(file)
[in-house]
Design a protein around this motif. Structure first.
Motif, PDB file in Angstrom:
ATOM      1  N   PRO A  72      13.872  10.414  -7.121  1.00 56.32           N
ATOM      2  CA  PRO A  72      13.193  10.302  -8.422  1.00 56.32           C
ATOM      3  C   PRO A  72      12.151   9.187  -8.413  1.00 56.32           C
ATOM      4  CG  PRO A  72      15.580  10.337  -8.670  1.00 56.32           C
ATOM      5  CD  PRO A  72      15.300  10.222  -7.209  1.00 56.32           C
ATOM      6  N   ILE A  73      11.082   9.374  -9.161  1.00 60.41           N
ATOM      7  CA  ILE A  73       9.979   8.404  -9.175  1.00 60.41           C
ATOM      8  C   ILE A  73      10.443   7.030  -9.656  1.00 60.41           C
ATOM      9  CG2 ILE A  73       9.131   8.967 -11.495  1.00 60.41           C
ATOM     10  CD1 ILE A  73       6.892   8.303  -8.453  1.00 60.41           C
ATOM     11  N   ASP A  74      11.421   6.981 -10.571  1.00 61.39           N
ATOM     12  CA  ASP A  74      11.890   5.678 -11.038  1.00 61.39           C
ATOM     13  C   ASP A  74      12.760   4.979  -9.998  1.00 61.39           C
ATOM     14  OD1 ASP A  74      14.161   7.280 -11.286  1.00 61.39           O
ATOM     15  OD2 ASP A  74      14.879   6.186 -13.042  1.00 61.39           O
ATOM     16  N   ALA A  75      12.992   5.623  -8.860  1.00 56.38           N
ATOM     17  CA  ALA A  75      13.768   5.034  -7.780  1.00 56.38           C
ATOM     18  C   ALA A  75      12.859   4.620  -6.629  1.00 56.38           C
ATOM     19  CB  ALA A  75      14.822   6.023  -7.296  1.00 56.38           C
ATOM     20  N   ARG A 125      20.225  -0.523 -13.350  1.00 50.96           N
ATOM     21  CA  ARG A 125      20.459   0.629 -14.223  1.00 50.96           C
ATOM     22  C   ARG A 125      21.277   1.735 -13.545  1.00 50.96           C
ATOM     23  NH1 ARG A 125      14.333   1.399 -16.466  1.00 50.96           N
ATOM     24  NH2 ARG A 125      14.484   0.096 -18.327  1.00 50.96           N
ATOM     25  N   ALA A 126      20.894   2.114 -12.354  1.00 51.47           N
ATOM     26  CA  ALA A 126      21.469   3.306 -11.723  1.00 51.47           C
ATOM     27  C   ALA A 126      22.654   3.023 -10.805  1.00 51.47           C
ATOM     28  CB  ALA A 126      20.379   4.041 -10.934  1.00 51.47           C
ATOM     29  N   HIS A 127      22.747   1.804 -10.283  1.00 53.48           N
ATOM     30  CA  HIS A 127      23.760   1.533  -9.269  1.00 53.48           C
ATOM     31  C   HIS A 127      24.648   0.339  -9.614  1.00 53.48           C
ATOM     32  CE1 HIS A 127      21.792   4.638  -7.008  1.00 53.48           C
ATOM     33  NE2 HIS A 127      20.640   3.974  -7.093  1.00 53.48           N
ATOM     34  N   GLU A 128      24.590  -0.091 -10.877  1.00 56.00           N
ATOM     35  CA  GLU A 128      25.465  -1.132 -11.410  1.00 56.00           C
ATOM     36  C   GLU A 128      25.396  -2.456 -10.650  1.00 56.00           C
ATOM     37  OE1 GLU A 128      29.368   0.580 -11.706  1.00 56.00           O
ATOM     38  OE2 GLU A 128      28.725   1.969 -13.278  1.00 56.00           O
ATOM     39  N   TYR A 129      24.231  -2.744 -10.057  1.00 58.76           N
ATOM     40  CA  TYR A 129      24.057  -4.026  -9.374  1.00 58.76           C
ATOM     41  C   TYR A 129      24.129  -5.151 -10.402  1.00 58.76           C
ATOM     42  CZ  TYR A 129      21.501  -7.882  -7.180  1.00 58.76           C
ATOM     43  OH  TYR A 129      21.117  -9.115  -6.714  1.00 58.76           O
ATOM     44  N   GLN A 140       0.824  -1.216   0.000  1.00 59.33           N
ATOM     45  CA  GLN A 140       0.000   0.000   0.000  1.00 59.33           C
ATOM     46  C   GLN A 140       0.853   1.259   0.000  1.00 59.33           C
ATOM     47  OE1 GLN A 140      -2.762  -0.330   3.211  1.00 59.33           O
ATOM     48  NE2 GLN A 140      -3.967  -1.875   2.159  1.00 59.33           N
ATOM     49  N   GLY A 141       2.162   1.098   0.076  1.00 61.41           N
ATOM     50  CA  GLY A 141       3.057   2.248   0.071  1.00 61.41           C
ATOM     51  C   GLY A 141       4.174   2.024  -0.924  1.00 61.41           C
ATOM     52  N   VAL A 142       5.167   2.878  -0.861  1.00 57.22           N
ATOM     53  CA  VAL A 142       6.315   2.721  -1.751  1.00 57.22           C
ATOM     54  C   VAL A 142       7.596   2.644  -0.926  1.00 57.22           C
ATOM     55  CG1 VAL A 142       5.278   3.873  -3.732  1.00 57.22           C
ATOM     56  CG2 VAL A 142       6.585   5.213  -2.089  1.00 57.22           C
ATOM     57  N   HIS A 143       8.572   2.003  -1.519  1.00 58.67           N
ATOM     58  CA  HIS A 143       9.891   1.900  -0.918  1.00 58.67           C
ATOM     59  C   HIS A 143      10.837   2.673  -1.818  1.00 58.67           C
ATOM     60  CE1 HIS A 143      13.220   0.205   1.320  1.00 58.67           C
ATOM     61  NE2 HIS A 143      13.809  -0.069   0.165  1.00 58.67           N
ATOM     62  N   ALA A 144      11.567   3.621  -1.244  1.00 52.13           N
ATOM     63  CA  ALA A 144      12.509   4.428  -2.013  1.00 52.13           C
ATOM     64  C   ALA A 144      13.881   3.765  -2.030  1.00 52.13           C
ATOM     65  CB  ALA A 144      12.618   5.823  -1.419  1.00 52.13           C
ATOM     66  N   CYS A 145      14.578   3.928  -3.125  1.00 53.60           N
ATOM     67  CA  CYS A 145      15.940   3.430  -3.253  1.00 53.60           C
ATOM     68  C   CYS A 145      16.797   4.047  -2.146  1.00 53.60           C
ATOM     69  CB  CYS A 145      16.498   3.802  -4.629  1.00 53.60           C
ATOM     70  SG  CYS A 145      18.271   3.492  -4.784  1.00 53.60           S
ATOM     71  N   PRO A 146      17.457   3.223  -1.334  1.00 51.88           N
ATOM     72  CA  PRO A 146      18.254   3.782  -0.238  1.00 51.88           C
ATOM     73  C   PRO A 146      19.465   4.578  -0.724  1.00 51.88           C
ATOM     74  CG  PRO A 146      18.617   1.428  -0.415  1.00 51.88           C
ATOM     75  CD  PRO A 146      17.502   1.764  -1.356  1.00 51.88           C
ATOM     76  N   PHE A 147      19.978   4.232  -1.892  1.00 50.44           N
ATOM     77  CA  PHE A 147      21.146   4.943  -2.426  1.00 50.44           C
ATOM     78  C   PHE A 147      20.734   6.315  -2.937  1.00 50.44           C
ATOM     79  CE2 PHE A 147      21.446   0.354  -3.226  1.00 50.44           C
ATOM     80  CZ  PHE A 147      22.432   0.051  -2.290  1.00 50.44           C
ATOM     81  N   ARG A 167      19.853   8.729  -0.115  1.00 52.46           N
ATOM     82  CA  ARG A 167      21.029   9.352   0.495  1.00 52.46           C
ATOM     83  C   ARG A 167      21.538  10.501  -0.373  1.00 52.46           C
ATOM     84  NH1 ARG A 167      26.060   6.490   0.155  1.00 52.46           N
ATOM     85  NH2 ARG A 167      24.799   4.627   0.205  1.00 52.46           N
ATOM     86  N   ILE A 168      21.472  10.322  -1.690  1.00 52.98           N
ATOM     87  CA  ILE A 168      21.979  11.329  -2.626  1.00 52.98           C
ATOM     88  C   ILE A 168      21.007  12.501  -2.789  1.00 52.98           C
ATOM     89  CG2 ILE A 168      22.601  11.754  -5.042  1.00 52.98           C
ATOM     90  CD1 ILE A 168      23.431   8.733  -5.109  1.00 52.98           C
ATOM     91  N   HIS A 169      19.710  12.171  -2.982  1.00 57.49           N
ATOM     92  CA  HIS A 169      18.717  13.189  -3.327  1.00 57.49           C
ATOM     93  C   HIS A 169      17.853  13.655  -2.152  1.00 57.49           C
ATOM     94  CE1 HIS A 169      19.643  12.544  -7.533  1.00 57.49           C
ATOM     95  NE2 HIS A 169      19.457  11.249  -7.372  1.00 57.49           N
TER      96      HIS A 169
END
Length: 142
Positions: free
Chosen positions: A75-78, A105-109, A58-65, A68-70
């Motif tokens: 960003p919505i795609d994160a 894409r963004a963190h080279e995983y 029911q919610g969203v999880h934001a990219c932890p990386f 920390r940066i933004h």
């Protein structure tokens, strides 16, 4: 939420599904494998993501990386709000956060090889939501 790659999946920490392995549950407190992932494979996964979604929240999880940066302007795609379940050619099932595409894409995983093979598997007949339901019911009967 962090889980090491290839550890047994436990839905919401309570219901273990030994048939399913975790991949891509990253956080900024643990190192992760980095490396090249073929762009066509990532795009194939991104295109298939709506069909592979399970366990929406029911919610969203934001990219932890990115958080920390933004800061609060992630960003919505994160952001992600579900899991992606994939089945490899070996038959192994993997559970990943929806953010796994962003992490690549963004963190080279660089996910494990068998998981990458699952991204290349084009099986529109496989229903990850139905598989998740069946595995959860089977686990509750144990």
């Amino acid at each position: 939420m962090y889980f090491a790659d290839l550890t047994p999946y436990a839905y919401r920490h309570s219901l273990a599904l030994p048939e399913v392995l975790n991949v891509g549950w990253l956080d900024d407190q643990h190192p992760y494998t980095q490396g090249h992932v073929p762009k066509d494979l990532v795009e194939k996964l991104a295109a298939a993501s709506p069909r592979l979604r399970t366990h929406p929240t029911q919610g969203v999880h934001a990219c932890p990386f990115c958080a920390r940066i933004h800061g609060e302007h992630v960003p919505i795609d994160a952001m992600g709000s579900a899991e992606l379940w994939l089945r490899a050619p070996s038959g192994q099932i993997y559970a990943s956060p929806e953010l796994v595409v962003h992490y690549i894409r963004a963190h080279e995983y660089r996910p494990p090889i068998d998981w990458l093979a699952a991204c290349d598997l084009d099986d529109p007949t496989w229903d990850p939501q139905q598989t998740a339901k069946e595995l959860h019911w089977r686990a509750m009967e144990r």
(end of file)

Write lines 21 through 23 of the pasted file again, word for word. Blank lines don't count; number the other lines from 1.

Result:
ATOM     18  C   ALA A  75      12.859   4.620  -6.629  1.00 56.38           C
ATOM     19  CB  ALA A  75      14.822   6.023  -7.296  1.00 56.38           C
ATOM     20  N   ARG A 125      20.225  -0.523 -13.350  1.00 50.96           N